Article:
A common summer problem is condensation on walls around AC air vents. Moisture is insidious and, once allowed to enter wall structures, can result in damage, mold and mildew. While quick-fix solutions may provide cosmetic relief, it is best to spend the time and money to ensure that moisture is not seeping into your wall structures.
As construction costs increase and building codes demand more effective building envelopes, construction professionals are looking to taller wall panels to fill in the gaps. OSB wall panels already make for a sustainable and cost-effective option but with longer length OSB wall panels, the efficacy of the building envelope is increased by creating fewer seams while costs, waste and installation time are reduced.
Eight strategies for getting the most out of your retrofit budget. Ensure that your home is as energy efficient as your budget will allow by spending your money where it makes the most difference.
Homes built as recently as the 1980s are riddled with gaps in the building envelope and have far too little insulation to measure up to modern energy efficiency standards. Retrofitting an old home will make it more comfortable, will reduce energy costs and will make it kinder on the environment. The question is; where do you get the most bang for your retrofitting buck? Here is a basic guide to help you to decide where your money is best spent.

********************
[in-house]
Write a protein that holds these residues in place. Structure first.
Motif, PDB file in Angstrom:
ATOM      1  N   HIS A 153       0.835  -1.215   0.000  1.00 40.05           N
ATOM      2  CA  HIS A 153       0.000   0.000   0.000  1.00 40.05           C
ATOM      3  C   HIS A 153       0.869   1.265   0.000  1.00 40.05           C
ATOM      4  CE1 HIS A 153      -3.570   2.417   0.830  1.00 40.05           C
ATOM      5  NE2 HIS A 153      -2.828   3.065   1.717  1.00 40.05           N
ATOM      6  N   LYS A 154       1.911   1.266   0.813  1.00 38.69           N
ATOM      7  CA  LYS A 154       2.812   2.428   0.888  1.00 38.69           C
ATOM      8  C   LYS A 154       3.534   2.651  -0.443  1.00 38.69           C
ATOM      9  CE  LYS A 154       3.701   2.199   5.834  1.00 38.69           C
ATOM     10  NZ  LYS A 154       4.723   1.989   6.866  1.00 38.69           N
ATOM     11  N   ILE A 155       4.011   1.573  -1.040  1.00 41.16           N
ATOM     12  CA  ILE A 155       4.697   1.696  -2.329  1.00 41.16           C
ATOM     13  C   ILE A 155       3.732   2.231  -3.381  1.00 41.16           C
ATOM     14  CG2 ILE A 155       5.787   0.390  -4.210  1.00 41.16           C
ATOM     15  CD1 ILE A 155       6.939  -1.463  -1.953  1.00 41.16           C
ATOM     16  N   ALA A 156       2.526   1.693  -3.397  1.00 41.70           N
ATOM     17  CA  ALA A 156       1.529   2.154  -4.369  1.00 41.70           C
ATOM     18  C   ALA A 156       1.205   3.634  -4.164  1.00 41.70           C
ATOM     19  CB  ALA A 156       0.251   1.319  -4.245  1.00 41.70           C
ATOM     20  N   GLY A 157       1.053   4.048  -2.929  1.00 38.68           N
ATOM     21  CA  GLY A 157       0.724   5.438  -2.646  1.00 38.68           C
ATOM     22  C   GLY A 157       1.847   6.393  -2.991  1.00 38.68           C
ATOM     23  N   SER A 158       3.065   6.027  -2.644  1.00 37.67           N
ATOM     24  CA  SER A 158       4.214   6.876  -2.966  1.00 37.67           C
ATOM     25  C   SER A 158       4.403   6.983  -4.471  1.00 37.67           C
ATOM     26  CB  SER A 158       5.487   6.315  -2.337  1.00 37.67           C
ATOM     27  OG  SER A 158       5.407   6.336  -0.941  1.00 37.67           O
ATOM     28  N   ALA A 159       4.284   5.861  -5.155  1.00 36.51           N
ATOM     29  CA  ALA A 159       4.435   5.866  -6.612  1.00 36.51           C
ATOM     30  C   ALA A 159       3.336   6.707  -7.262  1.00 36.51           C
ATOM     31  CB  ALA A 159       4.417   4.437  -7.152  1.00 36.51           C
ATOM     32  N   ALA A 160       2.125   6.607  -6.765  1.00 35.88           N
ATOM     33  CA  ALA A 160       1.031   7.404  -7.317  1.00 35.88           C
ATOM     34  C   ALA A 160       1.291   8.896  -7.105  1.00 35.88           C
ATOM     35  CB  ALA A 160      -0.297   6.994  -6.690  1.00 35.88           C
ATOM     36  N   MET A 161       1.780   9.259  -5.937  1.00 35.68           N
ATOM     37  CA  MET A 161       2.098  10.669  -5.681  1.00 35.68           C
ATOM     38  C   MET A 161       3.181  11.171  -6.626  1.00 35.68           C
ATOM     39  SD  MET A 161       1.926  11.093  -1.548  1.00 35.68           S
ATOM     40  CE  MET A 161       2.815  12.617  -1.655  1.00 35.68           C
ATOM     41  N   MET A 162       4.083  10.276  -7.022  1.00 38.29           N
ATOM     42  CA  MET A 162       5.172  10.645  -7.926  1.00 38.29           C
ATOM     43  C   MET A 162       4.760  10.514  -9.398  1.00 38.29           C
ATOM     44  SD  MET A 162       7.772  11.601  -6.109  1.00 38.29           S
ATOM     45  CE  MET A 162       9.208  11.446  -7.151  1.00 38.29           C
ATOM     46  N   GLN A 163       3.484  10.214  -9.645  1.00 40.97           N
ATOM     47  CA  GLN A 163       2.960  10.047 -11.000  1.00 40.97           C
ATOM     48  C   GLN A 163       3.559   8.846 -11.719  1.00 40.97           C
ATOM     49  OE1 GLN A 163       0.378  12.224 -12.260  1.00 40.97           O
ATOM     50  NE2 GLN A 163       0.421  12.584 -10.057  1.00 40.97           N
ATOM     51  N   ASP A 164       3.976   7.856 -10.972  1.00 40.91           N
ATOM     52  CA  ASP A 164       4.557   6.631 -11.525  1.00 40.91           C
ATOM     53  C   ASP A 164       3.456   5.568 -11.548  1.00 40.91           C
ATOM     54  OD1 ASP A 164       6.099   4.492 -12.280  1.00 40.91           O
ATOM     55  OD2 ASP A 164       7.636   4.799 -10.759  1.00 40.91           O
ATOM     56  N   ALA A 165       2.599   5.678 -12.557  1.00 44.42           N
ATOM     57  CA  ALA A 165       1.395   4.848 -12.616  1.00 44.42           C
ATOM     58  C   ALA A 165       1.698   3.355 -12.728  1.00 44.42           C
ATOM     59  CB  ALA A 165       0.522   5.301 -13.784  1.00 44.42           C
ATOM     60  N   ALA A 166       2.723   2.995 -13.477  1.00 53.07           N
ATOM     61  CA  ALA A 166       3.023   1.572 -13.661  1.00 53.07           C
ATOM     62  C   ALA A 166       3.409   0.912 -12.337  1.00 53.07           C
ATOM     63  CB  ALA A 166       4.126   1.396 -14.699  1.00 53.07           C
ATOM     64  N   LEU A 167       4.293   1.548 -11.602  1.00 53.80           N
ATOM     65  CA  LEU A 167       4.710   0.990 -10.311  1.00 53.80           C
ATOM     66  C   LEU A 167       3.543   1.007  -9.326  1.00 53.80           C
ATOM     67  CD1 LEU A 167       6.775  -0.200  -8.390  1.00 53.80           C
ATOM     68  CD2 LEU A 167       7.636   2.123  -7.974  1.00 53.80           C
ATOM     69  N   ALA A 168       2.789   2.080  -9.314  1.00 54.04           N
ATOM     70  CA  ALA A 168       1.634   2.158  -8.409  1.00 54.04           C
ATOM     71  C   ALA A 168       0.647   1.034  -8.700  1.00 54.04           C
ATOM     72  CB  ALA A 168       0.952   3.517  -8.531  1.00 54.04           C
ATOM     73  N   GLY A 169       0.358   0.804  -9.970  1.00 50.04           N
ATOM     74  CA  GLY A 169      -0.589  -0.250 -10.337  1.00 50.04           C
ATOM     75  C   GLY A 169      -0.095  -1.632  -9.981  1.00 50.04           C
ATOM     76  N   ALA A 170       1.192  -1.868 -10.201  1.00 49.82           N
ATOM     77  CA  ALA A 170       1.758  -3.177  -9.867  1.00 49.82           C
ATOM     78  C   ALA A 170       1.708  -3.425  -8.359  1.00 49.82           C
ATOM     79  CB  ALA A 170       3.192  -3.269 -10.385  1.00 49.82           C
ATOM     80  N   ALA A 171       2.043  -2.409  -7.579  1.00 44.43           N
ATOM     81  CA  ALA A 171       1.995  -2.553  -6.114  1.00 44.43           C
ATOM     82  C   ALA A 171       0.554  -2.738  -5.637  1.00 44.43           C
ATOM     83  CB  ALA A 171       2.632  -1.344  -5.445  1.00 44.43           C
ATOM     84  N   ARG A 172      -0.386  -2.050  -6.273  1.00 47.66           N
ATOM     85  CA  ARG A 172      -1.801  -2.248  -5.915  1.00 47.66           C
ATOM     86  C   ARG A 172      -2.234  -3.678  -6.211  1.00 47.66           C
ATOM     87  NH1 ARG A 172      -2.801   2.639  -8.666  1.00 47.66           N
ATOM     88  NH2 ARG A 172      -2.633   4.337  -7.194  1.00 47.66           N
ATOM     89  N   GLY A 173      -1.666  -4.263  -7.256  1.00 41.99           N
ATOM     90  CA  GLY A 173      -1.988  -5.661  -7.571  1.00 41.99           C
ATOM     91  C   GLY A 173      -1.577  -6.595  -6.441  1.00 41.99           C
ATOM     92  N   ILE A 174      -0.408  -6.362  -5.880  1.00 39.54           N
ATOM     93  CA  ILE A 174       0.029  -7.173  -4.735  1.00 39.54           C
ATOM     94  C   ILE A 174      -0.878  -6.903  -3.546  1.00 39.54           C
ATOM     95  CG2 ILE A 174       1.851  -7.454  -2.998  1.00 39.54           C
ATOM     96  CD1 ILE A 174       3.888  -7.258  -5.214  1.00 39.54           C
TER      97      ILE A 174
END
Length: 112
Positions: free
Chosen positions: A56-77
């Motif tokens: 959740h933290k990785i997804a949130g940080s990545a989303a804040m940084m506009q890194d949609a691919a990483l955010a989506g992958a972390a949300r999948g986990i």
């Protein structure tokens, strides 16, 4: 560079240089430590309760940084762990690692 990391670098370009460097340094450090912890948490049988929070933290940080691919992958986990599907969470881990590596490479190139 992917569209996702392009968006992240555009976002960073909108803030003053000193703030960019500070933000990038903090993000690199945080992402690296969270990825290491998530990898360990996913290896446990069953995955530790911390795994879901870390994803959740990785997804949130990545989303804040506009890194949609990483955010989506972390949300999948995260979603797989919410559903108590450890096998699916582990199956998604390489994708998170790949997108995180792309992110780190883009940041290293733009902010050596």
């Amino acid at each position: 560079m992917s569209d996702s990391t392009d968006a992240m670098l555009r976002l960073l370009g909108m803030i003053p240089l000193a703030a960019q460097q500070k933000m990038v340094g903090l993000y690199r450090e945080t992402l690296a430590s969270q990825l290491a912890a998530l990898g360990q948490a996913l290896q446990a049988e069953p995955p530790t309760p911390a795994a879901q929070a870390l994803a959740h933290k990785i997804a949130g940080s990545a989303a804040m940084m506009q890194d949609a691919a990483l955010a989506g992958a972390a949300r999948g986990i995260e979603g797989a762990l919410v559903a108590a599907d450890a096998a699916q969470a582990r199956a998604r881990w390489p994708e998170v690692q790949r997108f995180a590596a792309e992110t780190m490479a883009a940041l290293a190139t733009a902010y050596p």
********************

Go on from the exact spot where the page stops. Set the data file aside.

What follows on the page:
Raised heel trusses provide additional attic space which allows you to add cheaper batt insulation. This means you increase the efficacy of your building envelope. Throw in some taller wall panels like Windstorm or TallWall and you have a recipe for building envelope brilliance.
An effective building envelope is a combination of insulating building materials and a reduction in air leakage. This reduction can be achieved by using taller wall sheathing panels and through effectively sealing air leaks. When determining which air leaks construction professionals should focus on, Dave Wolf from Owens Corning Science and Technology has conducted a study to see which leaks require the least effort and sealant and provide the highest returns in building envelope efficiency.
Increased incidence of strong weather systems and the tragedies that follow high wind events have encouraged engineers and designers to rethink the way we build to improve wall strength. Stronger walls will keep home occupants safer during weather events and will increase the lifespan of the home. One of the problems is that the roof, wall and flooring systems are installed as separate entities. Connecting the OSB wall sheathing and the flooring system can create a continuous load path which can improve wall strength by up to 38%.